Sheriff Josh A. Wyche in Southampton County, Virginia has declared that his office will not be enforcing any new gun laws considered unconstitutional by the sheriff, according to The Tidewater News. This is another example of the ongoing battle between gun owners who favor the Second Amendment and those interested in enacting new gun regulations to save lives.

“The United States Constitution comes before any other laws,” stated Sheriff Wyche. “I have taken an oath of office to support the Constitution of the United States, the laws of the Commonwealth of Virginia and Southampton County. My office will not enforce any laws deemed unconstitutional.”

This outcome is the type of backlash expected due to a change in the political environment throughout Virginia. The majority of General Assembly members within this state government as well as newly elected Governor Ralph Northam are part of the Democratic party.

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The Democratic party supports enacting new gun restrictions in order to save lives while the Republican party supports the Second Amendment of the Constitution without any further restrictions. The Second Amendment states: “A well-regulated Militia, being necessary to the security of a free state, the right of the people to keep and bear Arms, shall not be infringed.”

The position taken by Sheriff Wyche is related to the resolution passed by the Southampton County’s Board of Supervisors. This resolution is based on protecting the second amendment of the US Constitution. Essentially, it entails not using public funds to restrict the second amendment rights of Southampton County residents as well as to use legal ways to protect said rights to “keep and bear arms.”

More importantly, the resolution also aims to use legal actions and other powers to restrict law enforcement from enforcing any laws deemed unconstitutional. However, the resolution fails to explain who decides whether a new gun regulation is unconstitutional.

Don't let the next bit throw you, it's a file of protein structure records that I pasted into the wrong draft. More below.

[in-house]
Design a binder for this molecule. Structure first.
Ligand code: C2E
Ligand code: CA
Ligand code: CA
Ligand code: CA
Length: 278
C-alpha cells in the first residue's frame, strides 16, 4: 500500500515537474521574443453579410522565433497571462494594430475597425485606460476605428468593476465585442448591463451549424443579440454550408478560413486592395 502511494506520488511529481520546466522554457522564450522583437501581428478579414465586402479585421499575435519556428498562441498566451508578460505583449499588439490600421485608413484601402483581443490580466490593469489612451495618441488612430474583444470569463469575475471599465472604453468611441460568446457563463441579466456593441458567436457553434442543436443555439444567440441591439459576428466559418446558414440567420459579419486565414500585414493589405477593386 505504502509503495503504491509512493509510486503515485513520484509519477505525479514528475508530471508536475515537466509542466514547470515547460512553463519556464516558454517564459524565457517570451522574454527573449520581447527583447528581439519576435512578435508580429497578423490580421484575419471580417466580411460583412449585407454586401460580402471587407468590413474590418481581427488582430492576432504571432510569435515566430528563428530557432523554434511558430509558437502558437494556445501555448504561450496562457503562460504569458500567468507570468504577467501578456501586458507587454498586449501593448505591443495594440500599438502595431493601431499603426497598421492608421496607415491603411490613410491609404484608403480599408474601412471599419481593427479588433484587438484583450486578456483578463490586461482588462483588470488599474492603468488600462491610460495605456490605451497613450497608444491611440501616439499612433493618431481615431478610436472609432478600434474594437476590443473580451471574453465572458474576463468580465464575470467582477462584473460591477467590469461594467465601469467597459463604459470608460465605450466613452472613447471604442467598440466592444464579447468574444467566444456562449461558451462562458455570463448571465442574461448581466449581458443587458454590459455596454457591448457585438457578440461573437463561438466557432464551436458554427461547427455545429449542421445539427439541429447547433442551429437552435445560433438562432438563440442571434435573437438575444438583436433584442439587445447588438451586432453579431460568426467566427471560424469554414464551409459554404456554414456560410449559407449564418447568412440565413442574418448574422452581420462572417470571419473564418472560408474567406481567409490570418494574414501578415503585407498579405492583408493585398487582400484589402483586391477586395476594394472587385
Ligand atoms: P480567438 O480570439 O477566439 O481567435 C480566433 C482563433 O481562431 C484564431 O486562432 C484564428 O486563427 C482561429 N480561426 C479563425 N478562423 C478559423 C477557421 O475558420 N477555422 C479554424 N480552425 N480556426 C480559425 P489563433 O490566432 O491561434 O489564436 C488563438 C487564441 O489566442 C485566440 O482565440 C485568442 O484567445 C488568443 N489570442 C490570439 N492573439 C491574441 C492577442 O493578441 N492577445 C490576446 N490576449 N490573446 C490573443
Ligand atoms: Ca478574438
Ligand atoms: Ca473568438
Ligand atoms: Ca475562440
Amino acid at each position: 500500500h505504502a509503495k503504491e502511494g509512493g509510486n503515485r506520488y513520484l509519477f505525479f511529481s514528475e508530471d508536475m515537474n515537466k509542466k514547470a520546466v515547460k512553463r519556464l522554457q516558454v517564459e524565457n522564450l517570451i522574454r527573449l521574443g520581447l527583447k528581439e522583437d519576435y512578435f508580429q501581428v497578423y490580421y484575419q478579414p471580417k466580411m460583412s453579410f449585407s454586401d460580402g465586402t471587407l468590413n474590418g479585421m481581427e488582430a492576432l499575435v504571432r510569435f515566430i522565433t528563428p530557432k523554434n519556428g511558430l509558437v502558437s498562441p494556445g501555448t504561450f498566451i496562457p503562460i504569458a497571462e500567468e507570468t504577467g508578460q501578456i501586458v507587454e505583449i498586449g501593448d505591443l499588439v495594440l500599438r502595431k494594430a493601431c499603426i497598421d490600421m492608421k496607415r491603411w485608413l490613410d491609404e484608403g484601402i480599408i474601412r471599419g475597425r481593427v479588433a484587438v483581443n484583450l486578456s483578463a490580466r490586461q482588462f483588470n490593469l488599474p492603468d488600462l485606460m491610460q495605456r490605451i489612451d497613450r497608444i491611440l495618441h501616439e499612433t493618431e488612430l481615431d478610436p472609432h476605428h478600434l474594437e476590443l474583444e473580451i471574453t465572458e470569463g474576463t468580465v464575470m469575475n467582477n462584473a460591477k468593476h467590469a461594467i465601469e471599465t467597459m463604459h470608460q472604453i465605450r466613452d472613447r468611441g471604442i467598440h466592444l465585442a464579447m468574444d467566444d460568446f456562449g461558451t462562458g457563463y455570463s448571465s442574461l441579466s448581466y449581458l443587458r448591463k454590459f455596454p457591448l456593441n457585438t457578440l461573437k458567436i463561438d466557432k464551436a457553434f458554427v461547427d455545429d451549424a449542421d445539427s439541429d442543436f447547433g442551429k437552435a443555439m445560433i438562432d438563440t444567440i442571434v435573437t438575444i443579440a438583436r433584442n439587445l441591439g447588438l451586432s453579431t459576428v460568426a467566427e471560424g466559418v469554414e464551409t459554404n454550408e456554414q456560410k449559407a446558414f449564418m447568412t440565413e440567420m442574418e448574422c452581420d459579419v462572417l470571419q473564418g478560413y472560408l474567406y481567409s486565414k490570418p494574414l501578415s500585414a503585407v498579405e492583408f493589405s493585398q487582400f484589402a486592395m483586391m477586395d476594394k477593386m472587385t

Sheriff James Clarke Jr. in Isle of Wight County has stated to take a stance that is slightly different in that his office would enforce all new gun regulations unless they were favorably disputed in court.

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However, Virginia Attorney General Mark Herring declared that any resolutions passed by counties or towns around Virginia stating that they are exempt from new gun regulations have “no legal effect.” Furthermore, sheriffs or their offices are not exempt from state laws.

Herring claims that any new actions or regulations from the State Assembly are “presumed to be constitutional.” It is also vital to consider the statistics that have led to calls for new gun regulations. More than 10,000 Virginians have died due to gun violence since 2007. Throughout Virginia, hospitalizations due to gun-related non-fatal injuries has grown from 521 patients in 2010 to 820 patients in 2016.

“Neither local governments nor local constitutional officers have the authority to declare state statutes unconstitutional or decline to follow them on that basis,” Herring stated. “Nor may localities or local constitutional officers decline to enforce laws enacted by the General Assembly on the theory that requiring them to do so would ‘commandeer’ local resources.”

Lastly, Virginia Governor Ralph Northam stated that localities will not be facing any retaliation for calling themselves “Second Amendment sanctuaries,” but will face some form of consequence if their police officers and other law enforcement officers do not enforce gun regulations.

The United States has a gun violence epidemic taking place, but the politics of the situation are likely to continue moving back and forth for years to come. Politicians will need to work together to meet the needs of their constituents and develop effective strategies to put an end to gun violence.

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